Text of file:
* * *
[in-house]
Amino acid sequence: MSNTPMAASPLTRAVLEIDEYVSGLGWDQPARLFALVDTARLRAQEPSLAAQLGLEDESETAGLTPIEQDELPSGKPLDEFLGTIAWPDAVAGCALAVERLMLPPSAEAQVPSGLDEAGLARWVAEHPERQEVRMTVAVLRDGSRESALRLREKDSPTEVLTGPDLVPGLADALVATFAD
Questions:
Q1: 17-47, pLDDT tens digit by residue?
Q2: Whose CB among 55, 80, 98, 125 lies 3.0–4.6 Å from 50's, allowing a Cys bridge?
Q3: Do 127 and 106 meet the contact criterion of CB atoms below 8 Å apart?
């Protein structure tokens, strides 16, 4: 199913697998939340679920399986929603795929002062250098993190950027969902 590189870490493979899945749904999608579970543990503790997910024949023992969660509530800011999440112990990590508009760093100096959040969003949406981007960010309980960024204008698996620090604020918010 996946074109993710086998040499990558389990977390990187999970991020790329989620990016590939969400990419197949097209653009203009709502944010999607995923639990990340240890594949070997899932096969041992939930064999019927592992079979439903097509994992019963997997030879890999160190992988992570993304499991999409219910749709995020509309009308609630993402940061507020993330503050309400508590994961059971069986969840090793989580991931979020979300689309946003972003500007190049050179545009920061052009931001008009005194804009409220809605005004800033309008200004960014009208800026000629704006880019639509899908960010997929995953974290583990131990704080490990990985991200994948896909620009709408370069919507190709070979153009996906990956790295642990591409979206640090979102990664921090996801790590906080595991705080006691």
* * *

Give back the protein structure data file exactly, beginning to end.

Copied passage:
[in-house]
Amino acid sequence: MSNTPMAASPLTRAVLEIDEYVSGLGWDQPARLFALVDTARLRAQEPSLAAQLGLEDESETAGLTPIEQDELPSGKPLDEFLGTIAWPDAVAGCALAVERLMLPPSAEAQVPSGLDEAGLARWVAEHPERQEVRMTVAVLRDGSRESALRLREKDSPTEVLTGPDLVPGLADALVATFAD
Questions:
Q1: 17-47, pLDDT tens digit by residue?
Q2: Whose CB among 55, 80, 98, 125 lies 3.0–4.6 Å from 50's, allowing a Cys bridge?
Q3: Do 127 and 106 meet the contact criterion of CB atoms below 8 Å apart?
């Protein structure tokens, strides 16, 4: 199913697998939340679920399986929603795929002062250098993190950027969902 590189870490493979899945749904999608579970543990503790997910024949023992969660509530800011999440112990990590508009760093100096959040969003949406981007960010309980960024204008698996620090604020918010 996946074109993710086998040499990558389990977390990187999970991020790329989620990016590939969400990419197949097209653009203009709502944010999607995923639990990340240890594949070997899932096969041992939930064999019927592992079979439903097509994992019963997997030879890999160190992988992570993304499991999409219910749709995020509309009308609630993402940061507020993330503050309400508590994961059971069986969840090793989580991931979020979300689309946003972003500007190049050179545009920061052009931001008009005194804009409220809605005004800033309008200004960014009208800026000629704006880019639509899908960010997929995953974290583990131990704080490990990985991200994948896909620009709408370069919507190709070979153009996906990956790295642990591409979206640090979102990664921090996801790590906080595991705080006691």